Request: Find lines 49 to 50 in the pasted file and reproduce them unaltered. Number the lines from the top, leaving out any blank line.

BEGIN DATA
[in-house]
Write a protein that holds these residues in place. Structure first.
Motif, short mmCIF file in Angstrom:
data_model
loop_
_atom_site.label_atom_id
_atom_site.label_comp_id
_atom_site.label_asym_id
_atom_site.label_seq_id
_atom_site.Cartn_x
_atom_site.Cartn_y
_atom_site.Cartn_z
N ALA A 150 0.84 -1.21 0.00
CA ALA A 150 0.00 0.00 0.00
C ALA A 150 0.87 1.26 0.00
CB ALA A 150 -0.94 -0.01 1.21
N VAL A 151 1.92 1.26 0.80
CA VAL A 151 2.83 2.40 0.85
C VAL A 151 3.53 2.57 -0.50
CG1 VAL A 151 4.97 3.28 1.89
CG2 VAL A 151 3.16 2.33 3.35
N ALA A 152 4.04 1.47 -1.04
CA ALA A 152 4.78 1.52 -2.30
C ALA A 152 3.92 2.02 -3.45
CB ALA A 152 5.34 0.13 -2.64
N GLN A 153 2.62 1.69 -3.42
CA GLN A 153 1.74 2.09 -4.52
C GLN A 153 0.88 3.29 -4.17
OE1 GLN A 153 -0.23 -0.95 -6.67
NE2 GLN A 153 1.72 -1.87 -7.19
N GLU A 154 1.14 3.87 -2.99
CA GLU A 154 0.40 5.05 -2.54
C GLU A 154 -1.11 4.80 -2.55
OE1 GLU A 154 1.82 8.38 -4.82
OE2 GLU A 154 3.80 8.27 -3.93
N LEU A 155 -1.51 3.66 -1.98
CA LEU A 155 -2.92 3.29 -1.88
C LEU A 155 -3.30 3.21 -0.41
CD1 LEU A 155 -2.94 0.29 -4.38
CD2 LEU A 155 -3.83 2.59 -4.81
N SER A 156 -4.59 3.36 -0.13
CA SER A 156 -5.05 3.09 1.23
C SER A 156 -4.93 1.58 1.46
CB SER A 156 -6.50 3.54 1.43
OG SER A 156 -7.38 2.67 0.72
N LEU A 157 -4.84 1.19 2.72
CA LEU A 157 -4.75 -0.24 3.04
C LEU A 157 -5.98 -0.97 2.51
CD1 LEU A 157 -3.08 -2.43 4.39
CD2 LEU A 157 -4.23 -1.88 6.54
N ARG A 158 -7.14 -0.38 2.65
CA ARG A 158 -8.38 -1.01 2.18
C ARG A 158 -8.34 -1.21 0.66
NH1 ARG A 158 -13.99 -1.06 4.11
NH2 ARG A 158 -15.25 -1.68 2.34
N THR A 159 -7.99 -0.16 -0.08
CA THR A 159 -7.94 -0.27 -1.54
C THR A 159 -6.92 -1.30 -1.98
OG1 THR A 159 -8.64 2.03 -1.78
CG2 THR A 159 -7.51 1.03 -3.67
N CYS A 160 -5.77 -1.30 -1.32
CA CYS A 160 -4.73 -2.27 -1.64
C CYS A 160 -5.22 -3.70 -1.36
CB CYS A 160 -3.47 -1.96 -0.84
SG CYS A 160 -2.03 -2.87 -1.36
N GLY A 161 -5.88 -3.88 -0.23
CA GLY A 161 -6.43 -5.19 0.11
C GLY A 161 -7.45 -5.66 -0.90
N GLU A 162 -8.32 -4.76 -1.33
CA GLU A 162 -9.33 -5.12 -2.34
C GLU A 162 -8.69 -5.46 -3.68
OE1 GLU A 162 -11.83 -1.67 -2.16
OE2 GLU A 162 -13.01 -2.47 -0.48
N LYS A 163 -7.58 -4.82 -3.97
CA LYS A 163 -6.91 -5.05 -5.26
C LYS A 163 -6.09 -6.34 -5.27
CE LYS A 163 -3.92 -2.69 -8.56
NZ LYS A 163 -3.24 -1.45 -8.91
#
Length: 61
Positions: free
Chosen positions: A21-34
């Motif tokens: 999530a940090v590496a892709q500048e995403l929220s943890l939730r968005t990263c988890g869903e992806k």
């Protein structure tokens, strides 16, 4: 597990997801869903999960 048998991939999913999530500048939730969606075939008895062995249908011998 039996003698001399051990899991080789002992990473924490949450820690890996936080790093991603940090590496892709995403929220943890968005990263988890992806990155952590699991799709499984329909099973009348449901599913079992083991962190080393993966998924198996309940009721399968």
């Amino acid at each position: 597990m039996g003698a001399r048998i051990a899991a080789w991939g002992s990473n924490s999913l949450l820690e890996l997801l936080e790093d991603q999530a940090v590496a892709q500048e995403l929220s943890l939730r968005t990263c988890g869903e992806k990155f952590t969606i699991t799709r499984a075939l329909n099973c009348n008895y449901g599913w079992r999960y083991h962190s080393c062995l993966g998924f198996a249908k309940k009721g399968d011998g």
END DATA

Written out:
CD1 LEU A 157 -3.08 -2.43 4.39
CD2 LEU A 157 -4.23 -1.88 6.54